And from tomorrow I will have a whole new 'ball' to juggle. It - or rather she - will be roughly 9lbs in weight and pretty ferocious when she's tired or hungry. I'm guessing parenthood brings particular challenges for any writer - after all, being a parent is largely about being unselfish and sacrificing your personal wishes and desires for someone else, especially at the beginning. You begin to dream some new dreams for someone else - and for once they're not a character, they're a real flesh and blood human being. They don't have to follow the path you prescribe for them - tough for any writer (because let's face it, writing is as close as you can get to playing God without actually re-training as a dictator). And writing is selfish in a way - romping through your own head, choosing at times to ignore the world around you. From what I hear newborns don't tend to tolerate being ignored for long...

So as I sit here typing I can feel our daughter having a final alien-style squirm around, getting ready to erupt into the world, a whole new human being! Hopefully I'll learn the same skills so many of you have had to learn - balancing the role of writer and mum without messing up* as either (*Disclaimer: too much, most of the time. Is that aiming low?)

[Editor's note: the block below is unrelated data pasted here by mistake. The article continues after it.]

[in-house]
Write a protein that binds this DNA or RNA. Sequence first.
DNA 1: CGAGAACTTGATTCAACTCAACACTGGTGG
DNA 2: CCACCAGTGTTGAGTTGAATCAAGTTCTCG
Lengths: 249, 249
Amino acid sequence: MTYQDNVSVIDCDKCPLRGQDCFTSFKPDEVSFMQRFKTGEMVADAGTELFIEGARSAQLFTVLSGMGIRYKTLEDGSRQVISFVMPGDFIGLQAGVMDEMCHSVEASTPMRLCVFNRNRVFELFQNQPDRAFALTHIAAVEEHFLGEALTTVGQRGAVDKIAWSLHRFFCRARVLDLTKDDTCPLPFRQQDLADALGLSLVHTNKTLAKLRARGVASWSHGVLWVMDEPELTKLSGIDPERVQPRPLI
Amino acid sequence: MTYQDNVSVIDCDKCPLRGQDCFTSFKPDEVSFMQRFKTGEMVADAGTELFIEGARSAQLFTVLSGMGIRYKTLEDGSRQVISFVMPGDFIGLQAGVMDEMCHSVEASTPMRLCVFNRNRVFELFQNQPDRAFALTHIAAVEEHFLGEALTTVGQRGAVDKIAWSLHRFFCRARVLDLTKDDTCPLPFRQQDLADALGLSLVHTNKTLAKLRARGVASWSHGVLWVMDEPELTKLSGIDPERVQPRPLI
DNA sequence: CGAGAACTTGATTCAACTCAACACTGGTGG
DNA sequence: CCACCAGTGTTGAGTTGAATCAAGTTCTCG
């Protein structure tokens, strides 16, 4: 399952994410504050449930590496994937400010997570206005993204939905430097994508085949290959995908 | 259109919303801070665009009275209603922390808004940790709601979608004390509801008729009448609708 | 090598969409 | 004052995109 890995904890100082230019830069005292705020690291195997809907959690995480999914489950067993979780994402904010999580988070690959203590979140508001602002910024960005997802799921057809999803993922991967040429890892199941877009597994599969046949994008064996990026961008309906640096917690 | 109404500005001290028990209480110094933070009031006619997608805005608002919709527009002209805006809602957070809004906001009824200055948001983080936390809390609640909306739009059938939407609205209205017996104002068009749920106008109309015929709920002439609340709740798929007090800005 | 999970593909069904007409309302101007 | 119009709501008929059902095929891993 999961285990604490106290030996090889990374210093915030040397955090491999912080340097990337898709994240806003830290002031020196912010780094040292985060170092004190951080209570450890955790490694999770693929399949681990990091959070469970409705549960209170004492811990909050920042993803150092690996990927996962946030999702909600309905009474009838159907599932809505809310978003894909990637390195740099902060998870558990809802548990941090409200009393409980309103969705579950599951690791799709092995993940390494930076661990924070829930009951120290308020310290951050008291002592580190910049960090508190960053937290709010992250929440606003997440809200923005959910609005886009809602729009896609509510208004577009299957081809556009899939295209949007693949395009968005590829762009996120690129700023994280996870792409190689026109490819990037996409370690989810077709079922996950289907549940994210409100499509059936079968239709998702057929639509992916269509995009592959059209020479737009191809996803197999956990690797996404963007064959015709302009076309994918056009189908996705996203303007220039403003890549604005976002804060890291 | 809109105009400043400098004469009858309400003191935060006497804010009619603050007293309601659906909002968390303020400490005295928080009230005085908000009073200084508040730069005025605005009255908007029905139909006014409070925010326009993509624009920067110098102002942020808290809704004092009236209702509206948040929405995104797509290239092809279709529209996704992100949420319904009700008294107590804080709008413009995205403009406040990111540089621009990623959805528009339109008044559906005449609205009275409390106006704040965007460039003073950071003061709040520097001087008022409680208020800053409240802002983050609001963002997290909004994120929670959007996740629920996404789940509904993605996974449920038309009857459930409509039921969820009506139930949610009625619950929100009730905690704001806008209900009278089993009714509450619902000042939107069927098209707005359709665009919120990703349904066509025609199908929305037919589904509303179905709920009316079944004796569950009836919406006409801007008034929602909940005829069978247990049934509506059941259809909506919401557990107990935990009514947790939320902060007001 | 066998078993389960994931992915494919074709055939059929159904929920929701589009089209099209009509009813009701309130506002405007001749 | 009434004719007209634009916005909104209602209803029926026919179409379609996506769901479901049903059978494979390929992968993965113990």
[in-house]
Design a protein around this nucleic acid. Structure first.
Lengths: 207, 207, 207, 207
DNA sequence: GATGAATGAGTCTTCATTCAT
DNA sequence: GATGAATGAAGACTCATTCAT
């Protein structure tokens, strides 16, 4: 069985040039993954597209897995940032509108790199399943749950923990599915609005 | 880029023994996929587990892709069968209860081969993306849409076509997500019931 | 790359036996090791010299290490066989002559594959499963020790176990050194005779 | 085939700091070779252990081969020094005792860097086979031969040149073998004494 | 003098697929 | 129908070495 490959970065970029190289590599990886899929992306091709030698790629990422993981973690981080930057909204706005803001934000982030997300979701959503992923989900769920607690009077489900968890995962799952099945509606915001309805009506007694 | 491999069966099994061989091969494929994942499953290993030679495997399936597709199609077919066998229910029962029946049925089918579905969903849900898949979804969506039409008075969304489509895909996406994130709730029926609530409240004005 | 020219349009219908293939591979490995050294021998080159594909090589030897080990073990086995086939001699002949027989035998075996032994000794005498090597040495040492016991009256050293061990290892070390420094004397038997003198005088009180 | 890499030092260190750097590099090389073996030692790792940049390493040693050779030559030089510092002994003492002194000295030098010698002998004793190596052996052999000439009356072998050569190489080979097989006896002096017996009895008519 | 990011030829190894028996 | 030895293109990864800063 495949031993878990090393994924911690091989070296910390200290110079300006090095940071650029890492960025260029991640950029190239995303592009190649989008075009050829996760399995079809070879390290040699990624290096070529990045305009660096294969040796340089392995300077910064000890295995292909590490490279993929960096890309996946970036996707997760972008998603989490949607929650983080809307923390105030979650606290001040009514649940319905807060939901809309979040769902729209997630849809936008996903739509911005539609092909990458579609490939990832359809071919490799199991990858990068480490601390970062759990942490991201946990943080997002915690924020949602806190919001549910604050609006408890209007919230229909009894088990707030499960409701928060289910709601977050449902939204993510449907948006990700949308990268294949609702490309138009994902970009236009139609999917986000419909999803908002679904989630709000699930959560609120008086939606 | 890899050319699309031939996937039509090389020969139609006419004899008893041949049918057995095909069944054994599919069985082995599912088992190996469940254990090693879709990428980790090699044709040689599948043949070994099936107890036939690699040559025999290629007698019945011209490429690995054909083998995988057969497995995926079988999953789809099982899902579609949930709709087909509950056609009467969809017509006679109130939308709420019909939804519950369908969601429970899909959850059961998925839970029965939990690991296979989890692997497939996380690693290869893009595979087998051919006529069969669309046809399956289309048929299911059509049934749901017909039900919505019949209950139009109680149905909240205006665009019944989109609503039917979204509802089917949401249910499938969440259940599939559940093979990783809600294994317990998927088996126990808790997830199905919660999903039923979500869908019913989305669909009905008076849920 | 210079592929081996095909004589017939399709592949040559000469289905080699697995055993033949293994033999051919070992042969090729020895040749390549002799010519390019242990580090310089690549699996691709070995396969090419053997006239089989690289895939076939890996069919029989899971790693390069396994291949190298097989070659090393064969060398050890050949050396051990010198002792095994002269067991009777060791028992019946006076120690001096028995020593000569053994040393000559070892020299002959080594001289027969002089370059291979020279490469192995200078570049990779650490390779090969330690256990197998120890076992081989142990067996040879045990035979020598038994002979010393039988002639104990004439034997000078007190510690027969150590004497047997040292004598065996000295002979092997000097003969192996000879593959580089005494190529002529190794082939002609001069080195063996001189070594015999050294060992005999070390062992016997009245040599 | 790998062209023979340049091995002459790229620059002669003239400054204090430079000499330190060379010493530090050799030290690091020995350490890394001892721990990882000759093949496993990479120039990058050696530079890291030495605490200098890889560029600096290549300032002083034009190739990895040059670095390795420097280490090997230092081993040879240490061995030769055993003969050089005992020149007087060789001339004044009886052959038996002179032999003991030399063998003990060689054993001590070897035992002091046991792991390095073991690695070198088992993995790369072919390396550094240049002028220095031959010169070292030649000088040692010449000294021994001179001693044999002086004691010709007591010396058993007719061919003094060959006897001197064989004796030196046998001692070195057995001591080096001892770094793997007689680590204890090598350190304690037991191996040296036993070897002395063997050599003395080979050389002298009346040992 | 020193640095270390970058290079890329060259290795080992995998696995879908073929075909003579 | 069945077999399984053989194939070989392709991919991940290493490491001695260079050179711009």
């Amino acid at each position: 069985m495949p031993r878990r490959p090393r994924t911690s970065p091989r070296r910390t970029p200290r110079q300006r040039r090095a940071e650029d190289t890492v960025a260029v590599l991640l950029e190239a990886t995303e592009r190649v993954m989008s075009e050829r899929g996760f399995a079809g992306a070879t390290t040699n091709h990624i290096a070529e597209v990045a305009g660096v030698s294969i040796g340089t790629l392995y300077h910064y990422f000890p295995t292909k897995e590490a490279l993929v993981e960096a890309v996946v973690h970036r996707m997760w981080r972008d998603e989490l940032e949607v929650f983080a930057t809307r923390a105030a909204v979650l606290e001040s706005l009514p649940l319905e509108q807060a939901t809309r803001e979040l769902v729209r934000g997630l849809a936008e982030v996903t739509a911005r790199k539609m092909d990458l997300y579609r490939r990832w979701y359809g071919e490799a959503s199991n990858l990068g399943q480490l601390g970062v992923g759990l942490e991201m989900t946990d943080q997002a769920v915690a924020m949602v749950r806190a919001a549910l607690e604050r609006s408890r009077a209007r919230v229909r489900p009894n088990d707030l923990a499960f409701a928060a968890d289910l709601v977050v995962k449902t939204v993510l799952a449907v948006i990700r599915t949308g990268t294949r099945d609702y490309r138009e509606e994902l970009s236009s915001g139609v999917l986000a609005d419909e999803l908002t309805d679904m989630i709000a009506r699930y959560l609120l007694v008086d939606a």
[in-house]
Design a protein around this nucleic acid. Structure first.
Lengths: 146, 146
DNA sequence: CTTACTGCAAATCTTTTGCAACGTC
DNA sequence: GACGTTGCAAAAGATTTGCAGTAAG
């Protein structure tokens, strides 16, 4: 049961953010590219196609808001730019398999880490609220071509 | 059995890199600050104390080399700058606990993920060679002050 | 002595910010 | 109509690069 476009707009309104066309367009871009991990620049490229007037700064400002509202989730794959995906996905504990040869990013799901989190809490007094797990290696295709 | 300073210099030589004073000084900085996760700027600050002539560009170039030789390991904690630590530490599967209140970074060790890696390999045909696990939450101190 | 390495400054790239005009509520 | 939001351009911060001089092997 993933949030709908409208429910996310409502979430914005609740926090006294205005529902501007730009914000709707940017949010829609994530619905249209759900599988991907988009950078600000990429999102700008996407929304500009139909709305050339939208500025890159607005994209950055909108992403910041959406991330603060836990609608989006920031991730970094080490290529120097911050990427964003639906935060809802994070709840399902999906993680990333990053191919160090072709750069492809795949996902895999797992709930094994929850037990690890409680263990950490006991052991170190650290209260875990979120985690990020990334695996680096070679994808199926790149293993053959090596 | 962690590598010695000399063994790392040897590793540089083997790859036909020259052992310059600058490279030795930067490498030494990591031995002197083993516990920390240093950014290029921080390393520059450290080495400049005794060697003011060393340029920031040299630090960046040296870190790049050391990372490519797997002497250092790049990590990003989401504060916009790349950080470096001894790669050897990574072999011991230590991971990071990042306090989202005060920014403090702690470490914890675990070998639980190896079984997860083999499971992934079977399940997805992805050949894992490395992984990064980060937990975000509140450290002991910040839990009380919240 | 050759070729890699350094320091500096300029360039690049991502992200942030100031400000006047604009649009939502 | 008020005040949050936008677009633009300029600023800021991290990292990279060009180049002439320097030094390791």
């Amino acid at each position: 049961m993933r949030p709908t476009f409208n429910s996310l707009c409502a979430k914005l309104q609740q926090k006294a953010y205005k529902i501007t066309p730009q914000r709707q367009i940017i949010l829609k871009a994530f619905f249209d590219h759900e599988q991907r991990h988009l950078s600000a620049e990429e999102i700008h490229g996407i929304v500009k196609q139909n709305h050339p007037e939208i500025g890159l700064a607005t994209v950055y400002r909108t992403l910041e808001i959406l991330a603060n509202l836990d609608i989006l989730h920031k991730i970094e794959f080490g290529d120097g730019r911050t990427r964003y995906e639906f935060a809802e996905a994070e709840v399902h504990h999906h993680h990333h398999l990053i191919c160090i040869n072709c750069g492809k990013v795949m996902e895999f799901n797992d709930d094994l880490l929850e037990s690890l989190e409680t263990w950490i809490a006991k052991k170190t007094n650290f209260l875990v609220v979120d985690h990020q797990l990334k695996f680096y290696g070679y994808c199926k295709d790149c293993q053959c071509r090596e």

And any tips you've learned along the way - do share. After all, every one of us is a juggler -  but many hands make light(er) work.

Friday, 14 September 2012

Currently watching... The 4400

Having worked pretty hard for the last few months on all sorts of things I'm enjoying a rare bit of down time at the minute - the calm before the storm so to speak.

So what better way to pass a few lazy hours than with a box set of The 4400? It's a quirky little series which I'd never heard of until it popped up in a 'recommended for you' list.

The plot essentially revolves around 4,400 people who go missing from earth, from a variety of different countries and times - only to all be returned at the same time with no memory of where they have been and a variety of new 'superhuman' abilities. Rather like Heroes these abilities can be used for good and evil - and at my current viewing stage (half way through season 3) the jury is still out on a couple of the main characters. Are they goodies or baddies?